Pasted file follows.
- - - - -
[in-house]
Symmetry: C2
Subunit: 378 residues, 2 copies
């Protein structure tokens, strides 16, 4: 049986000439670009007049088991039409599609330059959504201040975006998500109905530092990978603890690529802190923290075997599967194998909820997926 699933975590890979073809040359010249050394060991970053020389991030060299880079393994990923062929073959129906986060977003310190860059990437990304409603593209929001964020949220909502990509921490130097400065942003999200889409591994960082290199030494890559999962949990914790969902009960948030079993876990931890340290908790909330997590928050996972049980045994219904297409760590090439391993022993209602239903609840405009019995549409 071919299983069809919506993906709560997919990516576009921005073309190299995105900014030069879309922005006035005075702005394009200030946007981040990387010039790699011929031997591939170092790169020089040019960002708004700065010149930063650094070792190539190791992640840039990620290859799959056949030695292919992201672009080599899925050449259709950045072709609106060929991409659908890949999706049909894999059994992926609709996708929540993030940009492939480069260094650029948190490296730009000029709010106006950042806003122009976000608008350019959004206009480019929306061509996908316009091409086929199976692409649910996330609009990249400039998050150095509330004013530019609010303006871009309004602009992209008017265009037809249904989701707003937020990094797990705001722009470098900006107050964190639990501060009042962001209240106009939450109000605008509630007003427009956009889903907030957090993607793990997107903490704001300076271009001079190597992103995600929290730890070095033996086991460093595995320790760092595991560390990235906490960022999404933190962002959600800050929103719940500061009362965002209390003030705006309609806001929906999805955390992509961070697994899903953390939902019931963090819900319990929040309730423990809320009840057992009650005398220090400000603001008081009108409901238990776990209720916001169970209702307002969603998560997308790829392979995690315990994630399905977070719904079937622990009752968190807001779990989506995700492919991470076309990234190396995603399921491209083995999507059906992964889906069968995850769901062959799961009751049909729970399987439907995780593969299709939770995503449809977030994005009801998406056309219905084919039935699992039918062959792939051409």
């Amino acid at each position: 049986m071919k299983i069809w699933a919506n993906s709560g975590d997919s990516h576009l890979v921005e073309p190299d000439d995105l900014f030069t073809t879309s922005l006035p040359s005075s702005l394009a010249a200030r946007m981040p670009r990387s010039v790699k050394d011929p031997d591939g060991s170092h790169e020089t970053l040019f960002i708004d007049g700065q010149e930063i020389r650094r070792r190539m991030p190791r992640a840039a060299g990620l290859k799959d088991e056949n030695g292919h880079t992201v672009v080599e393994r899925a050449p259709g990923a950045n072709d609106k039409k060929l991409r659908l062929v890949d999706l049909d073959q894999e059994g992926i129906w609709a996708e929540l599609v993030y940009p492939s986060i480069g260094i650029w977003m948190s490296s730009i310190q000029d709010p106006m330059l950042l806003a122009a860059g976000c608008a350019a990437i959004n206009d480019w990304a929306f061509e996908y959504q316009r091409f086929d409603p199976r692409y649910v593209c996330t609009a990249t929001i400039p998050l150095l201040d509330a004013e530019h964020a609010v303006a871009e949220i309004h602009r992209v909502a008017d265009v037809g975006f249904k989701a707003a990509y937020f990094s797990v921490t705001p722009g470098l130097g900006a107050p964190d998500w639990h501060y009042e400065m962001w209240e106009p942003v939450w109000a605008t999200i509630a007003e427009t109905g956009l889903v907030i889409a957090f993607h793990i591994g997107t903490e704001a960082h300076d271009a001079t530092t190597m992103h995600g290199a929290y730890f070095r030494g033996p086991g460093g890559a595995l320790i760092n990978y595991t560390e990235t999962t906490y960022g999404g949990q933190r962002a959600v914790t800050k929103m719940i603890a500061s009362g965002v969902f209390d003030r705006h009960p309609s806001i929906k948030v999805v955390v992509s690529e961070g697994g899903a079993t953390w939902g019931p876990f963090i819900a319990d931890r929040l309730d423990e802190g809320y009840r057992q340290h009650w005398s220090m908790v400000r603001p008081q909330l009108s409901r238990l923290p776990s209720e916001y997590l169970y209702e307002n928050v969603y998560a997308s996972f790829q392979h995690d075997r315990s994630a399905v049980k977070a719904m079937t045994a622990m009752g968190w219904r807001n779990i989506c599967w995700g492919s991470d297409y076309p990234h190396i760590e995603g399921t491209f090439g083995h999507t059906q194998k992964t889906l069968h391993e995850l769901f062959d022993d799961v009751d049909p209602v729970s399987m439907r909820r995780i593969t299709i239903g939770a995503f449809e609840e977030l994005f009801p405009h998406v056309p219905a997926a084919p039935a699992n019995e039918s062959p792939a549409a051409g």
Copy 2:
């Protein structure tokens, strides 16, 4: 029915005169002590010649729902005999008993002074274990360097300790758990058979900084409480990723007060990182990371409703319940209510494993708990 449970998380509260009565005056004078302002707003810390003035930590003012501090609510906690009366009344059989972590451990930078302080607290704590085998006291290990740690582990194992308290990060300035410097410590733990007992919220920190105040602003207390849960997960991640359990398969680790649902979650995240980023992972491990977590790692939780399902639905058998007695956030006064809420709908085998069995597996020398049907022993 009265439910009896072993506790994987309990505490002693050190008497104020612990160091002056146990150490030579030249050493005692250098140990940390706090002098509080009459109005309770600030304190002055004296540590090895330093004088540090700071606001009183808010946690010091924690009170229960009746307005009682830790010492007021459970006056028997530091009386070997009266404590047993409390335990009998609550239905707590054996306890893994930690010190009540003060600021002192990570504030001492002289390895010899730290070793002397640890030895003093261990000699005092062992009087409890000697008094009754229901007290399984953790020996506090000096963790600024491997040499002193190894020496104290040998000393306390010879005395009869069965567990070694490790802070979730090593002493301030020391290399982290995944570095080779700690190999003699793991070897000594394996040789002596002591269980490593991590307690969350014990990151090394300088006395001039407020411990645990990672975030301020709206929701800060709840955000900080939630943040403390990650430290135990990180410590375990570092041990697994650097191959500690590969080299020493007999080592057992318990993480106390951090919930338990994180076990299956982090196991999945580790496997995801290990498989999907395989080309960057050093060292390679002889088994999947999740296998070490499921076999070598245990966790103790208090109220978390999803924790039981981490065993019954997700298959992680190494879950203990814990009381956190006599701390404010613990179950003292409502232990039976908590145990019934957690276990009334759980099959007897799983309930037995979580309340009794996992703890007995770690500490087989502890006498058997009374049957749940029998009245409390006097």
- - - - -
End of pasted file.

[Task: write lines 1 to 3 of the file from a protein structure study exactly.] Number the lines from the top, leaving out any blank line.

[in-house]
Symmetry: C2
Subunit: 378 residues, 2 copies